Also joining a long queue are those waiting for the new Mac Pro, which is turning into something of a surprising success story: not the first successful Apple product of course. The old Mac Pro (you can still see these in Bangkok stores) was not expected to be replaced, until someone started a campaign on FaceBook.
Tim Cook did respond and promised that there would be something new. When the first video was shown - at WWDC last June - it was clear that a total rethink had occurred. At the later product announcement of new Macs, iPads and the iPhone 5s, we saw more including the triangular central core.
What has also become obvious in looking at specifications as the release came round in the last days of 2013 (keeping to Tim Cook's promise - but only just) was that this was not for the ordinary user. The G5 Mac Pro could find a use in some homes or small businesses, but this was clearly aimed at professional photographers or movie makers and would be overkill for many users: the iMac is a better bet. Nonetheless, as orders poured in so the shipping dates moved back; January, then February, March and now April, Benjamin Mayo writes on 9to5 Mac (among others). That is the same in the Thai online store as well as the US store.
Also commenting on the way shipping dates were changing was Peter Cohen on iMore, who despite the news asks for calm and writes, "The backlog of Mac Pros really hasn't changed that much." He puts forward several reasons why this is situation normal and it is not that the manufacturers are slipping, but that orders are growing. Not sure I entirely agree, but there is a healthy aspect to this: all those people want a new Mac Pro.
As a sort of side note, Ben Lovejoy on 9to5 Mac writes about Apple comments on patent trolls and some of the 92 lawsuits it has faced in the last 3 years.
As reinforcement (of what has been reported before), we are told by Patrick Seitz on Investors.com that the mobile phone industry is likely to see little or no revenue growth this year, but that Apple claimed 87.4% of phone earnings (with Samsung at 32.2.%). Looking at the figure there is something wrong as that gives a 119.6% market. Others are making big losses. Apple rose in a year from 77.8% of mobile phone industry profits, followed by Samsung with 26.1%. I do hope that some of the analysts read this report: despite their advice, Apple is doing rather well, thank you [my source for this was MacDaily News].
The decision by the U.S. Court of Appeals as reported by Jeff John Roberts on GigaOm, indicates that Apple did not get its way and the appointment of Bromwich still stands, but in the decision did remind Bromwich of the original point of his investigation, which may be a partial victory. Adding to this was a report from John Paczkowski on re/code who included part of the court decision, including the comment that "the monitor will conduct his activities within the bounds of that order."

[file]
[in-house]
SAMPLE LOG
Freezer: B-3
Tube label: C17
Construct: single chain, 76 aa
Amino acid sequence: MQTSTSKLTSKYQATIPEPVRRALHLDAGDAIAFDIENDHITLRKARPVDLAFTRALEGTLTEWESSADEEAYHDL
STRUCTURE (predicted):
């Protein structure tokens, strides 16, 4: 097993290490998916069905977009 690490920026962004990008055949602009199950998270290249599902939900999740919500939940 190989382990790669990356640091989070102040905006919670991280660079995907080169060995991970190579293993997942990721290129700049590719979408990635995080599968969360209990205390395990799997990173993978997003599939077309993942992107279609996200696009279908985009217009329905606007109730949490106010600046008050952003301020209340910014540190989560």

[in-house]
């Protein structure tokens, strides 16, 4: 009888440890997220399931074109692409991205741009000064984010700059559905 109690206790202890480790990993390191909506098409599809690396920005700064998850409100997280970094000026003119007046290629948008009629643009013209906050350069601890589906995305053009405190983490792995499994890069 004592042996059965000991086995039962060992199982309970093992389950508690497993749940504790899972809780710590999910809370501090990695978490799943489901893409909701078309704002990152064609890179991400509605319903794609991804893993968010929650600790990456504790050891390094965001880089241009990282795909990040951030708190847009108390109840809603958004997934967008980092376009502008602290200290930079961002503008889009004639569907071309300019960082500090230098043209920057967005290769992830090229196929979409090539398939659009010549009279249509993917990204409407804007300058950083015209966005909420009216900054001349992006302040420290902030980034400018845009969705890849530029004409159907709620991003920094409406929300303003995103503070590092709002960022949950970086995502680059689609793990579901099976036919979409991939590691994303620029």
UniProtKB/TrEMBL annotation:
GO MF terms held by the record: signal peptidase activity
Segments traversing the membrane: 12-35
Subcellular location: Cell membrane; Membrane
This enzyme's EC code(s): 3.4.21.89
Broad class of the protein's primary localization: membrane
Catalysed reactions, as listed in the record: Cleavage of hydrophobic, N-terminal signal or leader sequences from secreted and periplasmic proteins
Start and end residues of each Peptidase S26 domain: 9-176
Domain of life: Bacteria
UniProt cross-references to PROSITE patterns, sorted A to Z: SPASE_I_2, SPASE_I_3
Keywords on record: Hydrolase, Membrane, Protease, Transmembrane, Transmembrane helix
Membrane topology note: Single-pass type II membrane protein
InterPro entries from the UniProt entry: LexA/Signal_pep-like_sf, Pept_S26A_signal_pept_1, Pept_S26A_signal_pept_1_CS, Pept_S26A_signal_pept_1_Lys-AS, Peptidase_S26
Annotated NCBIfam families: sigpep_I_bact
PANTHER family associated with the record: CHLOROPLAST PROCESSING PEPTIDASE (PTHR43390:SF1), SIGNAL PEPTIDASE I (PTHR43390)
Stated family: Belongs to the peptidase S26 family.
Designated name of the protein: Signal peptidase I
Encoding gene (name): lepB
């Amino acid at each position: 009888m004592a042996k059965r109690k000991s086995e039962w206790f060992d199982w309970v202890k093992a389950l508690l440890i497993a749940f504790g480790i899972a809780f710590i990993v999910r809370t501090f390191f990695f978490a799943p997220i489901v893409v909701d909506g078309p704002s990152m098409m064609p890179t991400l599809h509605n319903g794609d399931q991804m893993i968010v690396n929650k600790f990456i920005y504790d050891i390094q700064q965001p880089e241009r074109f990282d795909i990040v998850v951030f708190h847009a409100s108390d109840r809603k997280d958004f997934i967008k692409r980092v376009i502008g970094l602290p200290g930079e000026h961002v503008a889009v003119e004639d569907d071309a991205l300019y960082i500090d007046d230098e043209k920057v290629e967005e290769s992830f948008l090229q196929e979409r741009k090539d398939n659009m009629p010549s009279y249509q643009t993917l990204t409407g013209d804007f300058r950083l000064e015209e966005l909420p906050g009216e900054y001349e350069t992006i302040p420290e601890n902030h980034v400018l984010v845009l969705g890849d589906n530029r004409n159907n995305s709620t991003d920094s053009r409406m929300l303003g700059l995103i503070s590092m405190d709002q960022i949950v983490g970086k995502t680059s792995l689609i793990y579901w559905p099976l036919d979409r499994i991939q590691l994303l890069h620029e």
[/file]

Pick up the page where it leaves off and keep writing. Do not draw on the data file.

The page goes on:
There will be an appeal later this year, and I am sure Bromwich will be mentioned more than once in what seems to be a somewhat slippery original decision by Judge Cote. Adding
He thinks Win 8 was wrong and blames Steve Sinofsky for that (Microsoft did too apparently): "Windows 8 is not well-designed. It's a mess. But Windows 8 is a bigger problem than that. Windows 8 is a disaster in every sense of the word."
He also suggests that this was the reason for Ballmer's (well overdue) departure and thinks that the 8.1 update is making things worse and that the company needs to focus on the real users. Is that like Apple? I have always suggested that Microsoft needs to start again with Windows, using a stronger under-base than DOS (parts are still in there), but they worry too much about legacy customers and don't let go. Unfortunately for them, the customers do.
This week, DL Cade writes on PetaPixel about a new style keyboard with a radical design that is intended for users of Adobe Photoshop. This has not yet been produced and the Shortcut-S is a Kickstarter project (they hope for enough backing). Much interesting information on the Shortcut-S site
Graham K. Rogers teaches at the Faculty of Engineering, Mahidol University in Thailand where he is also Assistant Dean. He wrote in the Bangkok Post, Database supplement on IT subjects. For the last seven years of Database he wrote a column on Apple and Macs.